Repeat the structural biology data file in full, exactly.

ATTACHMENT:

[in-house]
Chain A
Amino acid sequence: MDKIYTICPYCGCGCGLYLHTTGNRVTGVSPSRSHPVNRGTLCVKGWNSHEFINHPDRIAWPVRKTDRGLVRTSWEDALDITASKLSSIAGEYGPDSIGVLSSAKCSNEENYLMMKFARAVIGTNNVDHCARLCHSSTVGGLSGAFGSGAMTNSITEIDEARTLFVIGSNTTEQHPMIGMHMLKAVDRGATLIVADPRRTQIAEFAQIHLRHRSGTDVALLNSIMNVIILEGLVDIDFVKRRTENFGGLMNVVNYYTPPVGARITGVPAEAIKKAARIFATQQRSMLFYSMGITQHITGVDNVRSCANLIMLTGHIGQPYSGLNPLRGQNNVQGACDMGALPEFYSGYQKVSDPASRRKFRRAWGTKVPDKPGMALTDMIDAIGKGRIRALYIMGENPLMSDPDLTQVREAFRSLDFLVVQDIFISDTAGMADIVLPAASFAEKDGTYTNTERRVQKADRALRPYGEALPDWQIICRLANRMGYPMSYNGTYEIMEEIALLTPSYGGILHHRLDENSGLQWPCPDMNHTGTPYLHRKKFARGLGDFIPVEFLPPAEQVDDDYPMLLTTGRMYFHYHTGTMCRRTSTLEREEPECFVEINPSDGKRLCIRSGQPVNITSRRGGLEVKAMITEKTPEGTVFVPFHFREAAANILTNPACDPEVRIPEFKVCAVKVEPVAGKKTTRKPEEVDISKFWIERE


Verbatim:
[in-house]
Chain A
Amino acid sequence: MDKIYTICPYCGCGCGLYLHTTGNRVTGVSPSRSHPVNRGTLCVKGWNSHEFINHPDRIAWPVRKTDRGLVRTSWEDALDITASKLSSIAGEYGPDSIGVLSSAKCSNEENYLMMKFARAVIGTNNVDHCARLCHSSTVGGLSGAFGSGAMTNSITEIDEARTLFVIGSNTTEQHPMIGMHMLKAVDRGATLIVADPRRTQIAEFAQIHLRHRSGTDVALLNSIMNVIILEGLVDIDFVKRRTENFGGLMNVVNYYTPPVGARITGVPAEAIKKAARIFATQQRSMLFYSMGITQHITGVDNVRSCANLIMLTGHIGQPYSGLNPLRGQNNVQGACDMGALPEFYSGYQKVSDPASRRKFRRAWGTKVPDKPGMALTDMIDAIGKGRIRALYIMGENPLMSDPDLTQVREAFRSLDFLVVQDIFISDTAGMADIVLPAASFAEKDGTYTNTERRVQKADRALRPYGEALPDWQIICRLANRMGYPMSYNGTYEIMEEIALLTPSYGGILHHRLDENSGLQWPCPDMNHTGTPYLHRKKFARGLGDFIPVEFLPPAEQVDDDYPMLLTTGRMYFHYHTGTMCRRTSTLEREEPECFVEINPSDGKRLCIRSGQPVNITSRRGGLEVKAMITEKTPEGTVFVPFHFREAAANILTNPACDPEVRIPEFKVCAVKVEPVAGKKTTRKPEEVDISKFWIERE